The Chicago Alliance Against Sexual Exploitation (CAASE) is a non-profit working to establish a community free from the commercial sex trade. As the CAASE Policy Director, Lynne Johnson has sought to shift the attention placed on prostituted women toward the individuals who profit from all forms of sexual exploitation. Now, Lynne is working to change legislation in Illinois, advocating for the rights of prostituted people through her statewide campaign, End Demand Illinois (EDI). In 2013, the state ruled to de-felonize prostitution after years of harsh penalties for the accused, putting CAASE and EDI at the forefront of a change they largely created. Catch the Sex Slaves: Chicago marathon on Sunday, November 9th, 7-10 p.m. ET.
Q: What is the mission behind CAASE?
A: CAASE was founded in 2006, and was one of the first non-profits that we’re aware of in the country that addresses the culture and institutions of individuals that are profiting from sexual exploitation. So, really we’re going after the exploiters that we consider to be pimps, traffickers and people who buy sex.
Q: Could you speak a bit about the type of outreach and legal services that CAASE provides?
A: CAASE works toward our mission through four primary ways. We have a prevention program, which is an educational curricula that educates high school age boys to work against sexual exploitation. We educate them about the truth of prostitution and encourage them to see themselves as allies. We also do community engagement, which is our work to increase public understanding about the harms of the sex trade. A third strategy is policy work. That’s my role. So, cases advocating for legislative and policy reform to transform our communities’ response to prostitution and sex trafficking, such as End Demand Illinois. The fourth program at CAASE is our legal services program, where we represent survivors of sexual harm and exploitation in both the civil and criminal side of our court system, with the goal of trying to hold perpetrators accountable and advocating for effective criminal prosecution
"We’ll never refer to somebody as a prostitute, because that deprives them of their human dignity. Nobody is just a thing being done to them"'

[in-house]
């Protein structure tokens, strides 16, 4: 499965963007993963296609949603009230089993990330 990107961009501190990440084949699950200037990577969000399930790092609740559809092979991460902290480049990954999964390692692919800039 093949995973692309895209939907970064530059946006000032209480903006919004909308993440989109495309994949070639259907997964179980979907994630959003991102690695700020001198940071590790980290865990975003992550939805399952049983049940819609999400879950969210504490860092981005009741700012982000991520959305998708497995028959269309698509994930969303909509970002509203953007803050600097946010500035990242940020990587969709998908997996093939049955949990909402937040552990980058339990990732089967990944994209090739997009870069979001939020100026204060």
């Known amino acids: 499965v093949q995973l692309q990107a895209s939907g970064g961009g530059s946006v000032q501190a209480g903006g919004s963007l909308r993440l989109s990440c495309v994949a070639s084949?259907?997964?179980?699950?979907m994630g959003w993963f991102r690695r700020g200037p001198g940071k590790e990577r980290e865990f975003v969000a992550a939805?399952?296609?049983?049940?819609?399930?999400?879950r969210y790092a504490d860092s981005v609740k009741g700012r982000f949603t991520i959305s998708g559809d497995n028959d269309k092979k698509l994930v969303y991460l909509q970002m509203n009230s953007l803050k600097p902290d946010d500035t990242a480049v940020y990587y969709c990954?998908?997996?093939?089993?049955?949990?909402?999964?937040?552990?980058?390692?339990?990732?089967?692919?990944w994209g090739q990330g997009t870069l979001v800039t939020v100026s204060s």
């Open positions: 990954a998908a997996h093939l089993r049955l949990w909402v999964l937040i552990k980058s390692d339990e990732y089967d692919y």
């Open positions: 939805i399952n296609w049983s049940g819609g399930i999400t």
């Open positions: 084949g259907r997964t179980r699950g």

Q: As of last year, Illinois voted to end the felony sentence for prostitution. That was an End Demand Illinois initiative. What was the motivation for this bill?
A: We’ve passed five laws in five years. That was our fourth law. The reason we ran the bill was that felony prostitution was a failed 13-year experiment in Illinois. It was an ineffective use of very limited law enforcement resources. It was not addressing the real reasons behind why people were in prostitution, and it was encouraging law enforcement to arrest and re-arrest prostituted people, instead of seeing prostituted people as worthy of supportive specialized services.
Q: How did Illinois compare with other states in that regard?
A: Illinois was far behind. We had one of the harshest laws in the country at that time. The Illinois law allowed police — prosecutors — to charge someone with felony prostitution after only one prior conviction in their background. That was very harsh in comparison to laws around the country.
Q: What did having a prostitution felony on their record mean for those women?
A: The law was sending thousands of women to the Illinois Department of Corrections, and that meant they all had felony records, which made access to employment and job training and other services even more difficult. At the same time, Illinois has a felony statute for people who actually buy sex. It’s called, “Patronizing a Prostitute.” There had been less than 10 convictions for that in six years. Compare that to hundreds of women during that time period going to the Illinois Department of Corrections. We saw a significant gender imbalance in how laws were being enforced. It was imperative for us to pass that law.
Q: I’ve found that while society largely distinguishes between prostitutes and victims of sex trafficking, the same cannot be said for the organizations representing these victims. How should one distinguish between the two, or rather, should a distinction even exist?
A: This is a very complicated question. Pimps, johns and traffickers need prostitution to profit and become successful, and it is a system where our community has normalized the buying and selling of human beings. So CAASE believes that prostitution is a violation of human dignity, and that, in and of itself, is worthy of attention and focus on the people who profit and exploit others by buying and selling them. I don’t agree there should be some kind of sliding scale where some people are more exploited than others. It all involves the buying and selling of human beings.